“Writing novels doesn’t interfere with doing the strips,” he said, “—they use different creative muscles.”
The time I met Mell, he learned I had been an English teacher, so he asked me a question that came out of his novel-writing. It was about quotation marks. At the end of a quotation sentence, he wanted to know, do you put the period inside the quotation mark—or outside?
“Inside,” I said. “The punctuation mark—the period—is embraced by the quotation marks.”
He smiled. Mell was always smiling. Even when he was criticizing my Milton Caniff biography—half joking that it was too long—he smiled.
As President of NCS, Mell helped create regional chapters, and he was instrumental in moving the annual Reuben weekend out of New York and to other cities. The years he was President included two Reuben weekends on cruise ships that people are still talking about.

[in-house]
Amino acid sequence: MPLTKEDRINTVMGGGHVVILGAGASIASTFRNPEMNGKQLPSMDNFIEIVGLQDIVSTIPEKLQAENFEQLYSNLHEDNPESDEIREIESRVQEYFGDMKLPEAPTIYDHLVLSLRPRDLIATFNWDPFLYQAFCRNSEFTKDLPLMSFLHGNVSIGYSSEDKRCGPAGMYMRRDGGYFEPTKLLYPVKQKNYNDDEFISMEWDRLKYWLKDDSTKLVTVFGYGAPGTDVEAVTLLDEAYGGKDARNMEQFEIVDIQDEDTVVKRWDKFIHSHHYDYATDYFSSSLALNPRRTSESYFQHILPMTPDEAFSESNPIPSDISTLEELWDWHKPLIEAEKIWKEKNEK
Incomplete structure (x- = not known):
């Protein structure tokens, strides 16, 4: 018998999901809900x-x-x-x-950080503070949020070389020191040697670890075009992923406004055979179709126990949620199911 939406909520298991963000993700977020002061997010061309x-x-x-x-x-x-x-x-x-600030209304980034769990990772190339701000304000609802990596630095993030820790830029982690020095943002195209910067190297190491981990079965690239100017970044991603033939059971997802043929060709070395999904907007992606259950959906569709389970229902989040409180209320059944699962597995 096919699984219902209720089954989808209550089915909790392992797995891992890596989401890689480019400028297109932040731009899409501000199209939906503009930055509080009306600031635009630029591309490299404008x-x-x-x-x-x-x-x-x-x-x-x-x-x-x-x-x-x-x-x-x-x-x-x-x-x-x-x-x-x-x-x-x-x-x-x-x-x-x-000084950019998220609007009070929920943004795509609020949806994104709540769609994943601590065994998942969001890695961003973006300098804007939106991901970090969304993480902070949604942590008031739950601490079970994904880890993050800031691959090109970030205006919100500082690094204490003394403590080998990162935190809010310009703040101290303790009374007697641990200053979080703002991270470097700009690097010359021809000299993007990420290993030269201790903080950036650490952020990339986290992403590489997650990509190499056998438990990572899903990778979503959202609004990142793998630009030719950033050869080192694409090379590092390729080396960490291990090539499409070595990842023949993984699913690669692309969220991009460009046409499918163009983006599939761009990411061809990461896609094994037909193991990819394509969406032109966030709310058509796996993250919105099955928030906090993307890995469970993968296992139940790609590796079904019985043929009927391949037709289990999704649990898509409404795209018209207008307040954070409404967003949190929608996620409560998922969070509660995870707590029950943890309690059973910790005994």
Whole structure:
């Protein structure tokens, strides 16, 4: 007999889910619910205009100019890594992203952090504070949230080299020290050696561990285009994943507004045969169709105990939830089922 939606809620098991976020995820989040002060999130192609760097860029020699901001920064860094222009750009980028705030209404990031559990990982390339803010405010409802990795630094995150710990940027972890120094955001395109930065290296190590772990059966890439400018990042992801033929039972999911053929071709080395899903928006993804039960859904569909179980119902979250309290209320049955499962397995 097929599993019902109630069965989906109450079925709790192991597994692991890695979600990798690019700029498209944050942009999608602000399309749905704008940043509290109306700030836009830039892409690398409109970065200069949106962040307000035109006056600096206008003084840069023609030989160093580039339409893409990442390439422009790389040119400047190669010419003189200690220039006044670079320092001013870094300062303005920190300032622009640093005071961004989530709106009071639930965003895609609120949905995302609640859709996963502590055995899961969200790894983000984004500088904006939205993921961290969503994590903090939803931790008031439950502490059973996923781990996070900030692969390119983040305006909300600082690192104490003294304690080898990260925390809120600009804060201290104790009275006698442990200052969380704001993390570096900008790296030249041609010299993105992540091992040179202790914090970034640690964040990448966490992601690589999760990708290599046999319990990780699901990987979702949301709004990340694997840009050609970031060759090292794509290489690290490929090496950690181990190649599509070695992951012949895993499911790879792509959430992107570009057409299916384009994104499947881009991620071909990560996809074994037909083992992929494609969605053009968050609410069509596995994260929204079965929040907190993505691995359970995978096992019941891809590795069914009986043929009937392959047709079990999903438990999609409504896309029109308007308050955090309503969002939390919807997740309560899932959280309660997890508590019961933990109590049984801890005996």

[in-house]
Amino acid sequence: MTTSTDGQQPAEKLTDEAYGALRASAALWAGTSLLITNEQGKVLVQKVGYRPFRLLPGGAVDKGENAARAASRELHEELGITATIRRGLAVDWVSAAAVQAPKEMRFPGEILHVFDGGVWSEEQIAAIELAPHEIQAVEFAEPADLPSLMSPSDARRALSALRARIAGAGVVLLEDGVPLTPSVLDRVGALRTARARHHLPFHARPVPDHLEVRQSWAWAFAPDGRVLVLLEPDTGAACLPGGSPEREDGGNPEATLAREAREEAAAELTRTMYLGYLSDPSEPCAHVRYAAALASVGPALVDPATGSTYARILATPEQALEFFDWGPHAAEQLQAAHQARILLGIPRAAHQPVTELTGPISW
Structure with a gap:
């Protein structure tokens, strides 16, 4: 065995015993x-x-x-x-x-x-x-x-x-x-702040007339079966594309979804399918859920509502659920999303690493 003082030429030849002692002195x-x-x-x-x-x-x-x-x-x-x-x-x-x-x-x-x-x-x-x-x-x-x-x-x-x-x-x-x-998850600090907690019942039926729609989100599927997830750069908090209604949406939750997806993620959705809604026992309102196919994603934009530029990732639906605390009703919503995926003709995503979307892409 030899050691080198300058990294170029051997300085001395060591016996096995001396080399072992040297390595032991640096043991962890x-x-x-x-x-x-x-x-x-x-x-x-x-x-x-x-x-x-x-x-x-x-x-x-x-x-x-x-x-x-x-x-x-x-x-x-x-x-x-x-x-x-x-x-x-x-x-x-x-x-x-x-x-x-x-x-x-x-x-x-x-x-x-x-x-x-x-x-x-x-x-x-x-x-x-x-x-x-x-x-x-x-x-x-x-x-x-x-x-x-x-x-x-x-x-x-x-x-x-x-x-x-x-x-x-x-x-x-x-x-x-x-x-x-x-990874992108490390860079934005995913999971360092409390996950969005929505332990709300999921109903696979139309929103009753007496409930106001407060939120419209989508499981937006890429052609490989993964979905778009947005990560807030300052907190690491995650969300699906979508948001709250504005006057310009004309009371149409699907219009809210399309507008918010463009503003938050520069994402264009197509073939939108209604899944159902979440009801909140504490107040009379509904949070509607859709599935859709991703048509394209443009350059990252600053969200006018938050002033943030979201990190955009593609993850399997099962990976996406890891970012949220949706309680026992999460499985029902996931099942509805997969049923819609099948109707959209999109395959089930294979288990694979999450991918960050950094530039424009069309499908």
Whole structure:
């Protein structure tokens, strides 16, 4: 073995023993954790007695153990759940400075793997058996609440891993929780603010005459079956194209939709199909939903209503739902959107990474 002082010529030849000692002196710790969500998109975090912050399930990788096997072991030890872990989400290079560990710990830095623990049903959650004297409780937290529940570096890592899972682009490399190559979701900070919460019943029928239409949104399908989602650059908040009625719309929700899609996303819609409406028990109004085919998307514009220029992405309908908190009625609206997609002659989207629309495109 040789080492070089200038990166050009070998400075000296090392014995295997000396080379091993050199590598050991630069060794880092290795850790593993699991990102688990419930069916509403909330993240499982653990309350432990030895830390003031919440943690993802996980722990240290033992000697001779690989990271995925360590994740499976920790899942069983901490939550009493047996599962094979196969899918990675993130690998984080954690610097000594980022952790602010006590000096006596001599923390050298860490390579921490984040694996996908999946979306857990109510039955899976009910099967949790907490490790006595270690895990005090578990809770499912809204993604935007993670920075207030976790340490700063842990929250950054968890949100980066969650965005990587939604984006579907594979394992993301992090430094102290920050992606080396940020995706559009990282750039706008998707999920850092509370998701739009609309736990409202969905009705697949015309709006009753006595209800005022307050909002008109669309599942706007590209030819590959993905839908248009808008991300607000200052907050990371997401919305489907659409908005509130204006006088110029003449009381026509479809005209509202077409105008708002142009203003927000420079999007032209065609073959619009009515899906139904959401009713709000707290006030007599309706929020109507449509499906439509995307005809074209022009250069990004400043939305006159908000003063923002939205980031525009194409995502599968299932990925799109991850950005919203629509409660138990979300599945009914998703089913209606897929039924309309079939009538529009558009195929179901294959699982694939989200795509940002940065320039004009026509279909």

Parties at Mell’s house are legendary. One resulted in the piano in his living room being covered in cartoons. “We had a bunch of drunken cartoonists in the house one night and they just destroyed a perfectly good French provincial baby grand piano,” Mell said in an interview. Among those who have drawn on the piano – Charles Schulz, Cathy Guisewite, Garry Trudeau, Don Martin, Arnold Roth, Sergio Arragones, and Matt Groening to name a few.
Mell was beloved by all at the NCS. He was funny, charming, and full of stories, many we cannot repeat here. Talk to any NCS member who spent time with Mell, and they will surely have a funny Mell Lazarus story.